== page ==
Appeals court registers concerns about FCC 'net neutrality' order
1 February 2019. By Mike Swift.
A three-judge federal appeals court panel wrestled today with whether the transmission of data and the manipulation of it by a website are an “inextricably" linked or potentially divisible component of broadband service, a distinction upon which the Federal Communications Commission’s net neutrality policy may live or die.
During more than four hours of oral argument at the US Court of Appeals for the DC Circuit in Washington, however, the issue of public safety, and whether the FCC’s decision last year to discard net neutrality rules could harm communications by local governments and emergency services, emerged as a serious concern for US Circuit Judges Patricia Millett and Robert Wilkins.
Meanwhile, the third judge on the panel, US Circuit Judge Stephen Williams, aimed a series of critical questions at five groups of petitioners who are seeking to restore the FCC’s 2015 “Open Internet Order,” which classified fixed and wireless consumer broadband services as more tightly regulated “common carrier” services regulated under Title II of the Communications Act.
Williams noted that while the DC Circuit had affirmed the 2015 order the following year that consumer broadband could be classified as a telecommunications service, it didn't mandate that interpretation of federal law.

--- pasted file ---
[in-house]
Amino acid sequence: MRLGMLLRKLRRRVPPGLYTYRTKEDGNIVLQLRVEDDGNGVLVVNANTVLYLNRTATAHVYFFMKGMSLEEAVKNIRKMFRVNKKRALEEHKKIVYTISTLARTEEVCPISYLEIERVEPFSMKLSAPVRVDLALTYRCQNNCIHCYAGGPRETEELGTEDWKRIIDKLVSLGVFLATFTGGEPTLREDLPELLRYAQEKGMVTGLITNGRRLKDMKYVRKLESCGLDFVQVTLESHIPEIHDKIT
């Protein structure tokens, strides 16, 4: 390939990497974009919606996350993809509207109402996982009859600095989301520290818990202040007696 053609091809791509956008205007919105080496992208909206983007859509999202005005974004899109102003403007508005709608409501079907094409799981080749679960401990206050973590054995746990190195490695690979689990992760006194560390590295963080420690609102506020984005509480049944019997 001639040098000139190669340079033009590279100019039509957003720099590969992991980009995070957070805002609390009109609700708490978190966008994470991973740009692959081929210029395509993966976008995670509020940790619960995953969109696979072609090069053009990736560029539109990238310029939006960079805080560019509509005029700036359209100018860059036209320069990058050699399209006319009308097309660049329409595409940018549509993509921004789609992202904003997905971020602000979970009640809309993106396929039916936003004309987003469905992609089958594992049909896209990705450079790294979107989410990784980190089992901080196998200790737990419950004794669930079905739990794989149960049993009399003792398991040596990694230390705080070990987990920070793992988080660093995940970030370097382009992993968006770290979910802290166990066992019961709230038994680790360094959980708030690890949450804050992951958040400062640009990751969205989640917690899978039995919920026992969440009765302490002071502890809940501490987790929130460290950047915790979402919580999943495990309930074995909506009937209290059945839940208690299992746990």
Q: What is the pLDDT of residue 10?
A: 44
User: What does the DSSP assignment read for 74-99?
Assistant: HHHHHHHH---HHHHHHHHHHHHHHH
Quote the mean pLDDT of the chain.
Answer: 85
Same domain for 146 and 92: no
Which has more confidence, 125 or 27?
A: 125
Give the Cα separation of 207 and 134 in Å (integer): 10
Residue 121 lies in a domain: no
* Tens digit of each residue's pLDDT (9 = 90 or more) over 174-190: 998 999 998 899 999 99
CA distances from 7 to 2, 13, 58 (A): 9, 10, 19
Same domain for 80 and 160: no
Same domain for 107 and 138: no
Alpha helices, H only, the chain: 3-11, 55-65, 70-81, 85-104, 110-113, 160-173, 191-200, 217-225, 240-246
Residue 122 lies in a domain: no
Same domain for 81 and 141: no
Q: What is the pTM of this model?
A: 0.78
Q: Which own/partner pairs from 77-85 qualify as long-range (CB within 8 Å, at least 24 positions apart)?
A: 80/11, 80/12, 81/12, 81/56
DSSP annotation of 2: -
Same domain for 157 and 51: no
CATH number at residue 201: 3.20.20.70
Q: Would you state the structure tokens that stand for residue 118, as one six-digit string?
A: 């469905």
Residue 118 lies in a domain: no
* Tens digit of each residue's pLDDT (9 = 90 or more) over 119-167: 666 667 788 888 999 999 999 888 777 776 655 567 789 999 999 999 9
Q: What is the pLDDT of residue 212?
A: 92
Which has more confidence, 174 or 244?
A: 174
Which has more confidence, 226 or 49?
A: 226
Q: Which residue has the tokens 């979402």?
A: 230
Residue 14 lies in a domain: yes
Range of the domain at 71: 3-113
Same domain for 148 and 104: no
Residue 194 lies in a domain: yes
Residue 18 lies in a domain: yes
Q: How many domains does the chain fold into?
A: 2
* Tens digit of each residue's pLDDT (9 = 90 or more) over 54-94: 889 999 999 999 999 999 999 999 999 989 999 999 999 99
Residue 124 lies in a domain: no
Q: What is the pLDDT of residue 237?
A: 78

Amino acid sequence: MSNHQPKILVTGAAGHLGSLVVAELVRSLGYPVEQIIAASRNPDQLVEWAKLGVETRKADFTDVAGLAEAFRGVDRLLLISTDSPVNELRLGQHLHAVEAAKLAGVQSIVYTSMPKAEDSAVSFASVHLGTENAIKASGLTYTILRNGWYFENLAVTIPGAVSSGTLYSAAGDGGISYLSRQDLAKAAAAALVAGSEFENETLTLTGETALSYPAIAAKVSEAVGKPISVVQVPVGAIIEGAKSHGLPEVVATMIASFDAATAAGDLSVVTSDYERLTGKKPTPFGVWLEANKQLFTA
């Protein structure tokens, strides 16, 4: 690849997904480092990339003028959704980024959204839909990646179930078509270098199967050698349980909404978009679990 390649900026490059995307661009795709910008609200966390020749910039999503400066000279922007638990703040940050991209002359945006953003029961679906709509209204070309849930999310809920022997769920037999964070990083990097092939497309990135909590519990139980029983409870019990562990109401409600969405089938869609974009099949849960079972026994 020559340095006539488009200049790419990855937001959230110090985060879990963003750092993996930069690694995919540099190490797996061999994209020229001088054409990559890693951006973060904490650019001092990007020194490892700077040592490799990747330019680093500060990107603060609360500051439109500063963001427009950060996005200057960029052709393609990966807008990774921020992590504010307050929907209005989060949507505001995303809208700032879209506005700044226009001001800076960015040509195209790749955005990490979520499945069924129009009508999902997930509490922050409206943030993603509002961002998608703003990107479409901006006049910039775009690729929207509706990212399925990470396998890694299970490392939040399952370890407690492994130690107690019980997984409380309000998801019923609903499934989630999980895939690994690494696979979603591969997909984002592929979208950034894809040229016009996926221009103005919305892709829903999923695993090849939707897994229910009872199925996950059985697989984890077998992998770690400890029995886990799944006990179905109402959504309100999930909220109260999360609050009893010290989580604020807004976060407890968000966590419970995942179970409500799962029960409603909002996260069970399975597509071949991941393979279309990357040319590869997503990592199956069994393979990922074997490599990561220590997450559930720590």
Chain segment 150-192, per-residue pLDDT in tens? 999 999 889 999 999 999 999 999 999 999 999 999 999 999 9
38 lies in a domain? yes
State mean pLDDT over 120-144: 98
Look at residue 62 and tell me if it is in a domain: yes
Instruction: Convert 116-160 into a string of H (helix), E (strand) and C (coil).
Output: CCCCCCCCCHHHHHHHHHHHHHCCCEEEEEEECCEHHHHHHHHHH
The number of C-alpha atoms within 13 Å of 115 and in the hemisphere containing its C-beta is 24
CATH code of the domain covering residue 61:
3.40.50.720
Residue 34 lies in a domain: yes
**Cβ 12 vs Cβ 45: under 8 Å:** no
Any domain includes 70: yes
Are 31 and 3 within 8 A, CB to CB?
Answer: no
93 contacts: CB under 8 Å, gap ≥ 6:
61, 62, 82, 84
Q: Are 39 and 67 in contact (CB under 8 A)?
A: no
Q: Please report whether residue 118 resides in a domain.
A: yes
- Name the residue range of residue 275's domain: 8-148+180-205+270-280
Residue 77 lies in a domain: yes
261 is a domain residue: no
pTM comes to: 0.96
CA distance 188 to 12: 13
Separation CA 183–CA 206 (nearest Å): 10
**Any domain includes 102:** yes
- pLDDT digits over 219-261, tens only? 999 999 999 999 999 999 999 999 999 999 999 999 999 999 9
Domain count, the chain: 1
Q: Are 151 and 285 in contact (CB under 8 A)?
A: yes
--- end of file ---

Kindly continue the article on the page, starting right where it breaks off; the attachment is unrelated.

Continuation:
In the FCC’s 2018 decision to roll back rules against the blocking or throttling of Internet content, relying on antitrust and consumer protection enforcement by the Federal Trade Commission to police abuses by Internet service providers, a group of local and state governments told the appeals court the FCC had left them defenseless from decisions by ISPs to favor the traffic of better-paying customers.
The FCC's “Restoring Internet Freedom” order replaced those specific prohibitions with transparency requirements that ISPs report any time they block or slow content, or impose fees for faster connections, a policy called “paid prioritization.”
Danielle Goldstein, a lawyer representing Santa Clara County, California, told the judges today that net neutrality “harms in public safety truly are irreparable,” and that an FTC antitrust or consumer protection investigation “can’t bring back a life or a home” lost to a fire or other emergency because of communications problems.
“The transparency rule isn’t responsive to public safety concerns at all,” Goldstein told the judges.
That was an argument that appeared to hit home with Millett, who spent nearly 30 uninterrupted minutes firing tough questions at Tom Johnson, the FCC’s general counsel. Several of those questions revolved around why the FCC rulemaking process that led to the 2018 order never studied in detail how the net neutrality change could harm firefighters, public health teams or other public safety services. “That, unless I missed it, is not in your order,” Millett told Johnson.
“The burden ought to be on them to show concrete harm,” Johnson answered, prompting an apparently incredulous Millett to snap back: “Why should the burden be on them?”
After pushing Johnson to confirm that paid prioritization services could be created and sold by ISPs under the new rules, as long as they were properly disclosed, Millett said she was concerned about the impact of paid prioritization service on public safety service.
“If local governments can’t afford to pay for this for their firefighters” and other emergency services, Millett wondered, “how does that help them?”